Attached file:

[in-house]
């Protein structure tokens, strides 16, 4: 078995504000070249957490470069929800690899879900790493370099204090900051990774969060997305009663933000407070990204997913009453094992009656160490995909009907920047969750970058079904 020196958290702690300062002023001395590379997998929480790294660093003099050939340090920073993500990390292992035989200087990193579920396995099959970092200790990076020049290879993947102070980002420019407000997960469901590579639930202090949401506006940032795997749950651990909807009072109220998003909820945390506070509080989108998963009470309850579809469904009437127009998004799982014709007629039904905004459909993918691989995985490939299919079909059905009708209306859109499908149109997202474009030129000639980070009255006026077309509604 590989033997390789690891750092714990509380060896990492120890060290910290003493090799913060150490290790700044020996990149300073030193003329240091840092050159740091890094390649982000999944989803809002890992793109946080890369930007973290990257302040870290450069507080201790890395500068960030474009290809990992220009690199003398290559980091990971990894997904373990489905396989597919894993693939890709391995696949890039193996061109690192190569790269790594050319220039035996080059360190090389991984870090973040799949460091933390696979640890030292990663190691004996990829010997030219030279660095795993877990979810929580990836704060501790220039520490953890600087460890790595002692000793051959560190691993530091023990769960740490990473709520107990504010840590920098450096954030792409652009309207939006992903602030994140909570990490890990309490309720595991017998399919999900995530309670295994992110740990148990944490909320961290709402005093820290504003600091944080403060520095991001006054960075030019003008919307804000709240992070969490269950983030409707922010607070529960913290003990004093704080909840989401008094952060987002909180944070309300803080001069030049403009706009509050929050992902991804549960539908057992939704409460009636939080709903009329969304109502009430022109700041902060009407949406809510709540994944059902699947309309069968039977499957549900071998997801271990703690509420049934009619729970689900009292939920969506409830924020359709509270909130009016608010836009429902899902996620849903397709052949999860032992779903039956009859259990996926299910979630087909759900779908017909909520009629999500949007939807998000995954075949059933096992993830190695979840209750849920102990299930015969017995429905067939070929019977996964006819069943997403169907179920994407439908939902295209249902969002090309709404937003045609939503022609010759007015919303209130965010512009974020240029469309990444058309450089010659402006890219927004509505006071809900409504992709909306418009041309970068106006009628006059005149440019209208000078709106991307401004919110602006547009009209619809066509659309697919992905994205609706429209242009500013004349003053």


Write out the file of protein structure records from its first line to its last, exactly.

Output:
[in-house]
């Protein structure tokens, strides 16, 4: 078995504000070249957490470069929800690899879900790493370099204090900051990774969060997305009663933000407070990204997913009453094992009656160490995909009907920047969750970058079904 020196958290702690300062002023001395590379997998929480790294660093003099050939340090920073993500990390292992035989200087990193579920396995099959970092200790990076020049290879993947102070980002420019407000997960469901590579639930202090949401506006940032795997749950651990909807009072109220998003909820945390506070509080989108998963009470309850579809469904009437127009998004799982014709007629039904905004459909993918691989995985490939299919079909059905009708209306859109499908149109997202474009030129000639980070009255006026077309509604 590989033997390789690891750092714990509380060896990492120890060290910290003493090799913060150490290790700044020996990149300073030193003329240091840092050159740091890094390649982000999944989803809002890992793109946080890369930007973290990257302040870290450069507080201790890395500068960030474009290809990992220009690199003398290559980091990971990894997904373990489905396989597919894993693939890709391995696949890039193996061109690192190569790269790594050319220039035996080059360190090389991984870090973040799949460091933390696979640890030292990663190691004996990829010997030219030279660095795993877990979810929580990836704060501790220039520490953890600087460890790595002692000793051959560190691993530091023990769960740490990473709520107990504010840590920098450096954030792409652009309207939006992903602030994140909570990490890990309490309720595991017998399919999900995530309670295994992110740990148990944490909320961290709402005093820290504003600091944080403060520095991001006054960075030019003008919307804000709240992070969490269950983030409707922010607070529960913290003990004093704080909840989401008094952060987002909180944070309300803080001069030049403009706009509050929050992902991804549960539908057992939704409460009636939080709903009329969304109502009430022109700041902060009407949406809510709540994944059902699947309309069968039977499957549900071998997801271990703690509420049934009619729970689900009292939920969506409830924020359709509270909130009016608010836009429902899902996620849903397709052949999860032992779903039956009859259990996926299910979630087909759900779908017909909520009629999500949007939807998000995954075949059933096992993830190695979840209750849920102990299930015969017995429905067939070929019977996964006819069943997403169907179920994407439908939902295209249902969002090309709404937003045609939503022609010759007015919303209130965010512009974020240029469309990444058309450089010659402006890219927004509505006071809900409504992709909306418009041309970068106006009628006059005149440019209208000078709106991307401004919110602006547009009209619809066509659309697919992905994205609706429209242009500013004349003053």